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Legislative Assembly for the ACT: 2015 Week 13 Hansard (Tuesday, 17 November 2015) . . Page.. 4065 ..

I have said this in this place before: it is clear that the word “holiday” comes from “holy day”. These days were initially given so that businesses were shut out of respect in the Christian tradition that we come from—they are basically the essential days of the Christian churches—so that people could attend church. Indeed holy days were mandatory days on which people had to attend church. That is where we get the tradition of the holidays from. Time moves on. People still celebrate, and they celebrate in different ways. It is interesting that the number of holidays is going up but church attendance is going down. It is an interesting correlation.

I think we have to keep it in context. For instance, that is why Good Friday and Easter Monday are holidays. In fact they are part of what used to be called the Octave of Easter, which was an eight-day event in the Christian churches. That has shrunk over time. Christmas Day is clearly the birth of Christ; Boxing Day is the feast of Stephen, the first martyr; New Year’s Day was in relation to the Epiphany and was a Christian festival, and so it goes on.

The world has changed; I respect that. The practice of business has changed. I can remember a time when, for instance, even the Canberra Times was not published on Good Friday and Christmas Day out of respect. We see that most of the journals are now published at least on Good Friday. The movie theatres were closed. Even the pubs were closed. Just about everything used to be closed on Good Friday. Now we have footy matches and all sorts of things. Life moves on, and people celebrate these days as they see fit. But, at the end of the day, somebody pays. Every day we gazette as a public holiday is an extra impost on business. The government must come to an understanding with the business community. They seem to have forgotten them over the last 15 years. They have certainly forgotten them when they make these extra public holidays.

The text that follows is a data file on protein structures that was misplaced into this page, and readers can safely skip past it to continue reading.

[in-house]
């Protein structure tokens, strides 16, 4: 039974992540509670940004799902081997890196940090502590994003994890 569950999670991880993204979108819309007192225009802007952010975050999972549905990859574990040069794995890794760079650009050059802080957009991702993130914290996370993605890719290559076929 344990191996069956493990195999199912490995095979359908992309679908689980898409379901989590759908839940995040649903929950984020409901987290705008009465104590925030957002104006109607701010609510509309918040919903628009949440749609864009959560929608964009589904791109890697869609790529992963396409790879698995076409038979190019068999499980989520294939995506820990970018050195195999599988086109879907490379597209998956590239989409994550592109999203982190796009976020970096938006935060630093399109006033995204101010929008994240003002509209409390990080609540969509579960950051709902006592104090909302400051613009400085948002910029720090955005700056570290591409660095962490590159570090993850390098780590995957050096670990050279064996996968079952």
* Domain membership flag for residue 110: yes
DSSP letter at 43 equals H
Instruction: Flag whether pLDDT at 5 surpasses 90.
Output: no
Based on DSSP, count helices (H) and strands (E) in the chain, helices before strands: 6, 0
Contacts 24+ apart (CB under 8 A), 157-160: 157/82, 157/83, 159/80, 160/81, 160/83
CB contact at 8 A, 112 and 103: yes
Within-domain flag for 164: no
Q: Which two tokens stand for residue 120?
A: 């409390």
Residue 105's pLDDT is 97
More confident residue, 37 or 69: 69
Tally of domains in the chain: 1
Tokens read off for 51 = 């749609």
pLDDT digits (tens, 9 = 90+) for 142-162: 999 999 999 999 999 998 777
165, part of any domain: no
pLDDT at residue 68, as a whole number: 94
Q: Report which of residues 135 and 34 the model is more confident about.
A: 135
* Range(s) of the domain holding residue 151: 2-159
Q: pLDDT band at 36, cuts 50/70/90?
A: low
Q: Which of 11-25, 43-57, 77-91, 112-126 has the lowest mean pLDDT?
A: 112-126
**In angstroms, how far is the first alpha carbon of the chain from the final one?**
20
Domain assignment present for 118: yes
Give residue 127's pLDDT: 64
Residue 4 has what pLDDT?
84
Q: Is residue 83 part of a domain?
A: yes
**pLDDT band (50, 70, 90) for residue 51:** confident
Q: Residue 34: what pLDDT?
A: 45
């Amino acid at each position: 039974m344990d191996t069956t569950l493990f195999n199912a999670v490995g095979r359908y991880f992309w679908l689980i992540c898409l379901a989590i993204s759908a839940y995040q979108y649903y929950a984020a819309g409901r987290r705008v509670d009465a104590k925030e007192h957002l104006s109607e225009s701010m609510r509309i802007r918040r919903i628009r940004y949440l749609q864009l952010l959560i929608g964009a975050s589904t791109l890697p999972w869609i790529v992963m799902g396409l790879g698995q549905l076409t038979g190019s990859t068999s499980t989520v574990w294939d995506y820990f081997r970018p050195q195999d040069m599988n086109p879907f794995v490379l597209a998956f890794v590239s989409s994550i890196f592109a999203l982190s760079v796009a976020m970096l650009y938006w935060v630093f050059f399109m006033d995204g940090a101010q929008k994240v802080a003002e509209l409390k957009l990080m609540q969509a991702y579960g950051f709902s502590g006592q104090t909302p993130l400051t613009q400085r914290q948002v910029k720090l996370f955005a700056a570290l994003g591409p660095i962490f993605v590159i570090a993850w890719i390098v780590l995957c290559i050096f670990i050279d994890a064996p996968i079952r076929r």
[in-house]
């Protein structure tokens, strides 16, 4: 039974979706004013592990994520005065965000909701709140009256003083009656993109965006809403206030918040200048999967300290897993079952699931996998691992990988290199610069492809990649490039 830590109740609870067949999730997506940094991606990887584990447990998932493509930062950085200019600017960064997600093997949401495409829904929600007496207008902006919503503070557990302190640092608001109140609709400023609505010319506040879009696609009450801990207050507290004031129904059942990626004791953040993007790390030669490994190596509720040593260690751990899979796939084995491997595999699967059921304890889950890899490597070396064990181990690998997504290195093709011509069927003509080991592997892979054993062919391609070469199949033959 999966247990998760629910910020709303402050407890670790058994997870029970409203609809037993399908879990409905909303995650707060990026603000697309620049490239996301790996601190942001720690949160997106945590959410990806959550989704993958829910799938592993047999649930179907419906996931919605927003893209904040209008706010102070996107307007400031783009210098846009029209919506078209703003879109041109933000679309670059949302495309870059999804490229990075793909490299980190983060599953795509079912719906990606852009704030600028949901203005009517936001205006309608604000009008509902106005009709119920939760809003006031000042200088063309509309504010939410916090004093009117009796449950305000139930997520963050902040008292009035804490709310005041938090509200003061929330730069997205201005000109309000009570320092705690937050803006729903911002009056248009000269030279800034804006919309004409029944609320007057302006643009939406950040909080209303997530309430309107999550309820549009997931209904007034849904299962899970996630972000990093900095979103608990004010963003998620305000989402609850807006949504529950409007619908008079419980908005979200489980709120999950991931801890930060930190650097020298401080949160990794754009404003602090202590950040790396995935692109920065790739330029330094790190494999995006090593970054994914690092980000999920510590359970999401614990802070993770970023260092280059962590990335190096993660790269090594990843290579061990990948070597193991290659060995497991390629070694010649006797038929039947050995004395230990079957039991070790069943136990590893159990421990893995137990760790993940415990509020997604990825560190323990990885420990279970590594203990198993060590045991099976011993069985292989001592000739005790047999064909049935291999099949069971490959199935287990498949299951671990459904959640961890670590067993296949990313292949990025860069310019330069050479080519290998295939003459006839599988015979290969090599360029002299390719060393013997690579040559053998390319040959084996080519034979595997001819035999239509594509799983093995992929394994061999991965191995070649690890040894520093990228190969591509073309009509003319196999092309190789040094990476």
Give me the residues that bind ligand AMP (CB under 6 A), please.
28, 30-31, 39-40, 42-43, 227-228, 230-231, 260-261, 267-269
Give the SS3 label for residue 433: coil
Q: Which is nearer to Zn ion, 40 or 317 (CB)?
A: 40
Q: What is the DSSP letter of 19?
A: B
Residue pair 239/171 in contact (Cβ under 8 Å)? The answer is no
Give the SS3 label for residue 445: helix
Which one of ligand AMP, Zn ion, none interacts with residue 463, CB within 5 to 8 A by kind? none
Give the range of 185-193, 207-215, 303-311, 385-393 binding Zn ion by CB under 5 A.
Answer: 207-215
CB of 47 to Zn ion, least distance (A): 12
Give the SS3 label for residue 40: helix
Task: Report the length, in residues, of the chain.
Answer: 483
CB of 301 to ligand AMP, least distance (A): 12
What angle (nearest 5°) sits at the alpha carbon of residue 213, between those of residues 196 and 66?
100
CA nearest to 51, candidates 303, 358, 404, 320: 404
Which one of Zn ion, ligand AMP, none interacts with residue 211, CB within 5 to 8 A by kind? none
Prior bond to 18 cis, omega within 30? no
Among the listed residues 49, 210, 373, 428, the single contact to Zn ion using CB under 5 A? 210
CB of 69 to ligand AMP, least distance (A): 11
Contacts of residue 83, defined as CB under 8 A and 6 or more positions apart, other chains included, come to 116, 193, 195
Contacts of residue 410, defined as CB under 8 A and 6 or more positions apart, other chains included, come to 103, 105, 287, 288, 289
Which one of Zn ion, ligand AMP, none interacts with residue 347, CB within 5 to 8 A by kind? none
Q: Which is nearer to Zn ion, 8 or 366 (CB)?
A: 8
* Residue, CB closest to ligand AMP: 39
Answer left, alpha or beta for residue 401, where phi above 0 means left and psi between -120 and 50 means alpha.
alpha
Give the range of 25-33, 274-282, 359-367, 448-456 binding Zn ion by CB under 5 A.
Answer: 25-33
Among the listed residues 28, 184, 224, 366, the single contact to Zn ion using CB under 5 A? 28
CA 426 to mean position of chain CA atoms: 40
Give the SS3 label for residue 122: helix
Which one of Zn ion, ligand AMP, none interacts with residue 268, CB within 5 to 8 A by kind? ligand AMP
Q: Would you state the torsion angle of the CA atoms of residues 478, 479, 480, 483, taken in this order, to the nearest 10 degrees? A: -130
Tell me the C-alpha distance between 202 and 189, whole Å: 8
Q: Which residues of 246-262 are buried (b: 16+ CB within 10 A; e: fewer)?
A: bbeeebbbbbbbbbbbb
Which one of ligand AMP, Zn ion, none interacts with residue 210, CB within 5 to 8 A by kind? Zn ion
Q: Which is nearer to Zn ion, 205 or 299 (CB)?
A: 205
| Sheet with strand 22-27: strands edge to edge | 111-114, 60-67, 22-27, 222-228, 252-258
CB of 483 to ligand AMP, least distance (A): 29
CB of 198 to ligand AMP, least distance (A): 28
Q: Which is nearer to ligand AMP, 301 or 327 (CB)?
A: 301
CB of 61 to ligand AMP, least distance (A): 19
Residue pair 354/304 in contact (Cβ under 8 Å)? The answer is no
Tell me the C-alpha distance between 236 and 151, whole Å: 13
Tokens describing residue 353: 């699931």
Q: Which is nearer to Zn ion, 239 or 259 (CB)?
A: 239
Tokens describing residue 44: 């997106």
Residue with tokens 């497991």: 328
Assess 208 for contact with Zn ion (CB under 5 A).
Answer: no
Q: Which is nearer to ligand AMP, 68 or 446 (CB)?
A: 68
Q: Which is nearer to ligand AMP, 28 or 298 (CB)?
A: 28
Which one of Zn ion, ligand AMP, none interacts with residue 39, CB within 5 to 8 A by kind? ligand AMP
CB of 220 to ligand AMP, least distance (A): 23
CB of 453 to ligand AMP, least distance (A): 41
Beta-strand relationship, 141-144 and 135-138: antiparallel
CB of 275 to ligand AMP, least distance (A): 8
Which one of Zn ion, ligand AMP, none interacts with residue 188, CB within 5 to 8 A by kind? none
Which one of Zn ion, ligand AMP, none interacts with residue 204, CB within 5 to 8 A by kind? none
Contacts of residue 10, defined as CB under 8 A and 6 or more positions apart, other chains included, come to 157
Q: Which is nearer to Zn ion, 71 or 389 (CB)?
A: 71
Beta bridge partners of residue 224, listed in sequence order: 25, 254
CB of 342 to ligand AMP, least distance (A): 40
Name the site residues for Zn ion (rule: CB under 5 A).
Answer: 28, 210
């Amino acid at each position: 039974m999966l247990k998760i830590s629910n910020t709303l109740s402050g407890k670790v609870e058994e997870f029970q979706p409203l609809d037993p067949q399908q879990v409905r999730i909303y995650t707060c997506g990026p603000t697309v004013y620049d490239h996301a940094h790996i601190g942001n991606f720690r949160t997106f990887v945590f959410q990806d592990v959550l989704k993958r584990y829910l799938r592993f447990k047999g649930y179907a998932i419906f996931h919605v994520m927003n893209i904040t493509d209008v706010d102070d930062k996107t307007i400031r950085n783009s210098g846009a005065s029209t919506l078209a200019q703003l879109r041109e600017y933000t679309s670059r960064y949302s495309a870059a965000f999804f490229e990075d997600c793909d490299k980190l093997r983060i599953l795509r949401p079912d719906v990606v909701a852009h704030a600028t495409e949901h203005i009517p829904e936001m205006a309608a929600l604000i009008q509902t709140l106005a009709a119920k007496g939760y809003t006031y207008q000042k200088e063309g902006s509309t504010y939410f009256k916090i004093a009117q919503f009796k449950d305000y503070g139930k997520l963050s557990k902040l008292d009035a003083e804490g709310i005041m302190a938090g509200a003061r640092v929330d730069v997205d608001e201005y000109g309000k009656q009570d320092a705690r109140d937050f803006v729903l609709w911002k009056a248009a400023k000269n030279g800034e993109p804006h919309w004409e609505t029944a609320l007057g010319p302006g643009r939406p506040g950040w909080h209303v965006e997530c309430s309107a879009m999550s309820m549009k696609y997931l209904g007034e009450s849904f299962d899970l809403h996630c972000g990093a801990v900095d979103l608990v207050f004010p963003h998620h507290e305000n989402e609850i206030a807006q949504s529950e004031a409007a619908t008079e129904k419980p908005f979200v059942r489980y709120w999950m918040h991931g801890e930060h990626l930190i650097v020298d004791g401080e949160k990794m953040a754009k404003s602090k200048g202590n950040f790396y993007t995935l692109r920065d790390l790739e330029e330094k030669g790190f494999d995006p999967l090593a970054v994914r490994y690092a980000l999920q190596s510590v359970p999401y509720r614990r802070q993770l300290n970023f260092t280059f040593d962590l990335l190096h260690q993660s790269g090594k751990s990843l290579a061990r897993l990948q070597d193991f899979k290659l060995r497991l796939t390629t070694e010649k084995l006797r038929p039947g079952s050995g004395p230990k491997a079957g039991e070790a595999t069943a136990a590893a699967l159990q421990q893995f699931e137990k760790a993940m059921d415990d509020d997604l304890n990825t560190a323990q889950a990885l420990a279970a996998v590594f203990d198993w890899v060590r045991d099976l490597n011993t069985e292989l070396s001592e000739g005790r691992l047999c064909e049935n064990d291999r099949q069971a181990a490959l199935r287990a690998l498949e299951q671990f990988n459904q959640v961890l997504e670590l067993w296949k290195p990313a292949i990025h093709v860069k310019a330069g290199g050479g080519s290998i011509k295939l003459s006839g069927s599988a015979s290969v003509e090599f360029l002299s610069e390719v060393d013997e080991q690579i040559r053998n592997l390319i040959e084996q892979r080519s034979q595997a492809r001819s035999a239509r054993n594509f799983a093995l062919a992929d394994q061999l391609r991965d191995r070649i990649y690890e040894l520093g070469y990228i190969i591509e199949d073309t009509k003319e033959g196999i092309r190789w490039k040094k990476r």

MR RATTENBURY (Molonglo) (5.22): I will be supporting the passage of this bill. It follows on from last year’s Holidays Amendment Bill which designated Christmas Day, Boxing Day and New Year’s Day as public holidays and ensured there was also a weekday holiday if one of these days fell on a weekend. The 2015 Holidays Amendment Bill designates Easter Sunday as a public holiday. As Mr Gentleman pointed out when he tabled the bill, the act currently does not provide for Easter Sunday as a public holiday because when it was legislated there was an assumption that business did not take place on a Sunday. Sunday was the day of rest, and that is, of course, not the norm anymore in our modern working environment.

I believe that Easter Sunday should be a public holiday. It is appropriate, fair and really what people expect should occur on Easter Sunday. It is a special day for many people, a religious occasion, and working people should be given time to spend with their families and their friends or be compensated for giving up that privilege. As Good Friday, Easter Saturday and Easter Monday are already public holidays, it is also strange that Easter Sunday is not. It makes it difficult for some people to use the Easter period as a time to take a multi-day break.

Last time we spoke about holiday amendments, I pointed out that Australians already worked long, hard hours and that this was encroaching more and more on their home

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